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Is it possible to change execution context to CALLER in a stored procedure, which is created with EXECUTE AS OWNER? Here is what I mean with a simplified example:

There are several logins and databases in a server instance. Assume that everybody has a table named *current_work* in his own database, but nobody can access to no other's table. Even the Boss isn't allow to access to the employees' databases, unless an employer decides that his table is ready for the Boss to see. When the employer thinks his work is done, he is supposed to commit its table contents to Boss' database. However, the Boss doesn't want to allow his employers to INSERT anything into his table, because there is a kind of business logic he wants to implement (let's say he wants to log the commits somewhere). So he wants this to happen only under his control, i.e. within an SP he wrote. He writes an SP like below, creates users in his database for each of the logins (for each employee), and then gives GRANT EXECUTE for this SP to all his employers. When an employee is done, he just calls this SP, and everything should be fine:

CREATE PROCEDURE boss.dbo.commit_work
   EXECUTE AS CALLER  -- It should be OK, since this is the default way of calling an SP anyway, thinks the boss
   SELECT * INTO ##tmptable FROM current_work  -- No prefix should mean default DB/Schema of the caller, thinks the boss
   REVERT  -- Back to OWNER's context, which happens to be the boss

   INSERT INTO boss.allwork
   SELECT * FROM ##tmptable

However, things doesn't go as he expected. The employers can execute the SP, but they get an error saying 'The server principal "Boss" is not able to had access the database "boss" under the current security context.', which makes the boss very upset (BTW Boss is the Login for the boss.)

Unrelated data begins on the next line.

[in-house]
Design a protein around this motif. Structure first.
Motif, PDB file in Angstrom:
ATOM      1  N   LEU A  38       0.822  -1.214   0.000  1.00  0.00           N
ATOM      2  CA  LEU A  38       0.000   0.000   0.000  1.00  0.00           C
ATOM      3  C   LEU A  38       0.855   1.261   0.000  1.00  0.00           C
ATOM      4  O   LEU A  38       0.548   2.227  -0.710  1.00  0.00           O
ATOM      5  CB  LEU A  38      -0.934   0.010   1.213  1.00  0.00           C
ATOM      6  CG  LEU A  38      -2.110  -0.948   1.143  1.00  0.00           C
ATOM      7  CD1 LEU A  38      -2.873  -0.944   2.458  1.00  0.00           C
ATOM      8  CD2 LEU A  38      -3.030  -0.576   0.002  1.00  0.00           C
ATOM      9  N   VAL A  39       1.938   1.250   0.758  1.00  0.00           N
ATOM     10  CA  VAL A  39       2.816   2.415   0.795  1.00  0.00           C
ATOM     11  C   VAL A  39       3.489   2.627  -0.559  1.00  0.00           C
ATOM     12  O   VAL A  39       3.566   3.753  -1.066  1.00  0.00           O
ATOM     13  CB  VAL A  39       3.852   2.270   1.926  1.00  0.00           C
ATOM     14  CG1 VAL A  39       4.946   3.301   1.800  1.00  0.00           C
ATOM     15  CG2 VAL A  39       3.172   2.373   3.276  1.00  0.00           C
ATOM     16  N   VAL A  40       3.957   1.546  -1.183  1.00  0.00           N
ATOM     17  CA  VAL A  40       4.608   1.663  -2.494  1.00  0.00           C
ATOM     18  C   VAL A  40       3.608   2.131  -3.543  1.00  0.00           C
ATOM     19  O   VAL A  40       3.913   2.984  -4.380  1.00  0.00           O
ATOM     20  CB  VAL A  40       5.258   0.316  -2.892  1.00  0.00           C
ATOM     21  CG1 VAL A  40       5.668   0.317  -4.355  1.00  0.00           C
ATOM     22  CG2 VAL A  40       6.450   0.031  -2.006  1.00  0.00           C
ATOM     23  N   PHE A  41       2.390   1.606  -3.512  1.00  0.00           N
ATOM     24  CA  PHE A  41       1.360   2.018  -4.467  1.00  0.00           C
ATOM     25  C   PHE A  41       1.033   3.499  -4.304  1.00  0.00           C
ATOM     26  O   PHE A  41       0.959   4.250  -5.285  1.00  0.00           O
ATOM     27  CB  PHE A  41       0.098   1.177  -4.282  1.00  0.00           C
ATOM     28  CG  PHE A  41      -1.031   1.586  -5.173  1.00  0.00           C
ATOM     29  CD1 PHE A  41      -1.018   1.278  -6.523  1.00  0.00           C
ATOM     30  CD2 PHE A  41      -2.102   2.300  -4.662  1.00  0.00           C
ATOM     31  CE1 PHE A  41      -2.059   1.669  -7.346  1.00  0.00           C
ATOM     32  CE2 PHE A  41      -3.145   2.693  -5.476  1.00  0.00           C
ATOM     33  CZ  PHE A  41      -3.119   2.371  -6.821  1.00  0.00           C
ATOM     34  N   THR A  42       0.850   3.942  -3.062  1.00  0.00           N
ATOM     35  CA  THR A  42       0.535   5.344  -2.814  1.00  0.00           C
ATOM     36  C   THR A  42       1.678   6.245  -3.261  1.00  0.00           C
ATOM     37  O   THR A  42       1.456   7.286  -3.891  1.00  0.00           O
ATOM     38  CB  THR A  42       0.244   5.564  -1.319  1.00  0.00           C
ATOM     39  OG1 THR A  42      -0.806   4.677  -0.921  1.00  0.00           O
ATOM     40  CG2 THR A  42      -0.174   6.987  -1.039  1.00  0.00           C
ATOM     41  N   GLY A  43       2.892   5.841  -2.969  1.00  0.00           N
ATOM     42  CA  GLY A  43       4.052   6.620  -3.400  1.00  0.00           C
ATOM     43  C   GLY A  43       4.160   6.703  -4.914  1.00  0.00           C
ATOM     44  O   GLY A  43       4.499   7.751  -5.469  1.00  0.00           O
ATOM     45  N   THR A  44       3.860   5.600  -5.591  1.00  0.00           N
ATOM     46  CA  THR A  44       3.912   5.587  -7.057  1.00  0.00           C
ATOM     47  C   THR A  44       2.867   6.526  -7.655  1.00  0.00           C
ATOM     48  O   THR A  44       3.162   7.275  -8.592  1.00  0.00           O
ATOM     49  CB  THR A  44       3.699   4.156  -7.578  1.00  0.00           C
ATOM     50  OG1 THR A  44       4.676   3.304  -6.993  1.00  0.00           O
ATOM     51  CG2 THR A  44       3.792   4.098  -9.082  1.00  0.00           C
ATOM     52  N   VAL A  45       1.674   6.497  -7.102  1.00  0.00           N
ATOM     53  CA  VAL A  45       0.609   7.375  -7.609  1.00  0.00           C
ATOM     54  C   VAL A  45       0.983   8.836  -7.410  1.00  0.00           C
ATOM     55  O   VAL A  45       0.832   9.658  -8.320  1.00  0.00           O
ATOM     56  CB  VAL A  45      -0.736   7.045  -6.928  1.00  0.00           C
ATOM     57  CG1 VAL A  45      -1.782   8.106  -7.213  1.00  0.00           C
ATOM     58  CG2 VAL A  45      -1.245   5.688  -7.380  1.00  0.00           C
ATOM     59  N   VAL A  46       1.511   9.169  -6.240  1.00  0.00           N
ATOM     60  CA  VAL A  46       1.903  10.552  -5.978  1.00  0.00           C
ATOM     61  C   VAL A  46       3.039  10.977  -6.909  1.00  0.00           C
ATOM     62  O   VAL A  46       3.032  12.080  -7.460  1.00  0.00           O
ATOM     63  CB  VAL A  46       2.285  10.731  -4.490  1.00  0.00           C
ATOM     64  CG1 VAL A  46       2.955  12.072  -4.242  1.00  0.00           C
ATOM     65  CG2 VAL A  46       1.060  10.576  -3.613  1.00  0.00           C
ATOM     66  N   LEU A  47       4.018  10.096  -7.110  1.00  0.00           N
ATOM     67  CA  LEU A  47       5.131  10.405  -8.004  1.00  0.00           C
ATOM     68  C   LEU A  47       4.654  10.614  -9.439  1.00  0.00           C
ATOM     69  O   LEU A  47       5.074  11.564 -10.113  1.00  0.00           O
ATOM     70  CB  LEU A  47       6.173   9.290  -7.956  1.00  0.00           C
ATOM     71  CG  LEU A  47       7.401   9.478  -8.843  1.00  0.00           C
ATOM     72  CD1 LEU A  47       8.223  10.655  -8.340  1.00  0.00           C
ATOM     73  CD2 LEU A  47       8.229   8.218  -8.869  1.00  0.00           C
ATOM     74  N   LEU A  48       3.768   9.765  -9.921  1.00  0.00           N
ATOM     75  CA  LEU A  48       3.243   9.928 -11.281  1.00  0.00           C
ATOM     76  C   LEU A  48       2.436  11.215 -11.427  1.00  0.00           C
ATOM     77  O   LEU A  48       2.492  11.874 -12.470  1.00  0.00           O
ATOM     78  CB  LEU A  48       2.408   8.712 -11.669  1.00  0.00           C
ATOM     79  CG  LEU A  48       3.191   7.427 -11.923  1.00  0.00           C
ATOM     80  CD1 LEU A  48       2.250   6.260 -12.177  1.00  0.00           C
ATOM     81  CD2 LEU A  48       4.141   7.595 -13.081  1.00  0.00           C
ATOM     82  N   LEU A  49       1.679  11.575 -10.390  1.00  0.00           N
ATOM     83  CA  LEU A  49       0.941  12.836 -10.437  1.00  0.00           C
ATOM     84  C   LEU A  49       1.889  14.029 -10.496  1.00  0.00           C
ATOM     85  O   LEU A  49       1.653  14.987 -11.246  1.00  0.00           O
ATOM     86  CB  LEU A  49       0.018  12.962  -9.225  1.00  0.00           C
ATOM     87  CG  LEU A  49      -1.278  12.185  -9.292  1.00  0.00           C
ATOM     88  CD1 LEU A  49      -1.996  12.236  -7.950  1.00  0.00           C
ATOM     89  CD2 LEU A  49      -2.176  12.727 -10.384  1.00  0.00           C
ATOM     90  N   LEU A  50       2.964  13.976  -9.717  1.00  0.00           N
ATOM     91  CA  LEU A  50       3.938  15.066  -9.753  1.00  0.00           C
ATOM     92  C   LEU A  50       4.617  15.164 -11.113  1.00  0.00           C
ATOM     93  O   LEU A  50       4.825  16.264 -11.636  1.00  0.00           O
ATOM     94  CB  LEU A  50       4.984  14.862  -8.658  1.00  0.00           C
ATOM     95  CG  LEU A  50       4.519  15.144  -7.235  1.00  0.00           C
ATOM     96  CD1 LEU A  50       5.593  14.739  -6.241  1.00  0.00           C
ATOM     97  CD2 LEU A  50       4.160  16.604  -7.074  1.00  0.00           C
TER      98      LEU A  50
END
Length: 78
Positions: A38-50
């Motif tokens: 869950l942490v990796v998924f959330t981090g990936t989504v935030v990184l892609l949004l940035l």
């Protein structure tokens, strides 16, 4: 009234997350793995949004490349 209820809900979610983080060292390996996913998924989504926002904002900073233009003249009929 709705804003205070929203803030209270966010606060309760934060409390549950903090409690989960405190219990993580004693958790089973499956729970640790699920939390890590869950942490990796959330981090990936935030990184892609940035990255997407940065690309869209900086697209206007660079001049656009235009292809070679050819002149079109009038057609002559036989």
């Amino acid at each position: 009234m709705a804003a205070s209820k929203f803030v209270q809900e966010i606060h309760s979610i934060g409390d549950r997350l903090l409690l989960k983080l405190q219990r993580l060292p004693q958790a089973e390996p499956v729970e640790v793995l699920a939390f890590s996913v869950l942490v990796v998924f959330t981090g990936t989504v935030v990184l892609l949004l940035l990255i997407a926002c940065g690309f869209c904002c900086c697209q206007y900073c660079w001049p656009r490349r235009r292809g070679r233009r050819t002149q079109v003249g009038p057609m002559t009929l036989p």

Do you have an idea of what went wrong? Or do you see another way of implementing such a scenario, in which nobody is supposed to access to no other's DB unless the execution happens in the SP? I would have done such a thing in application level, when I had had the choice, but I am bound to database level because of the requirements of our current environment. Thanks!

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up vote 1 down vote accepted

I found the answer here in this great article of Erlang Sommarskog "Giving Permissions through Stored Procedures". I recommend you to read the whole article to grasp the idea.. All I had to do was creating a local proxy user and giving it the appropriate rights:

GRANT INSERT ON boss.allwork TO boss_proxy 

CREATE PROCEDURE boss.dbo.commit_work
   EXECUTE AS CALLER  -- It IS OK, indeed
   SELECT * INTO ##tmptable FROM current_work  -- No prefix means default DB/Schema of the caller
   REVERT  -- Back to boss_proxy's context

   INSERT INTO boss.allwork
   SELECT * FROM ##tmptable
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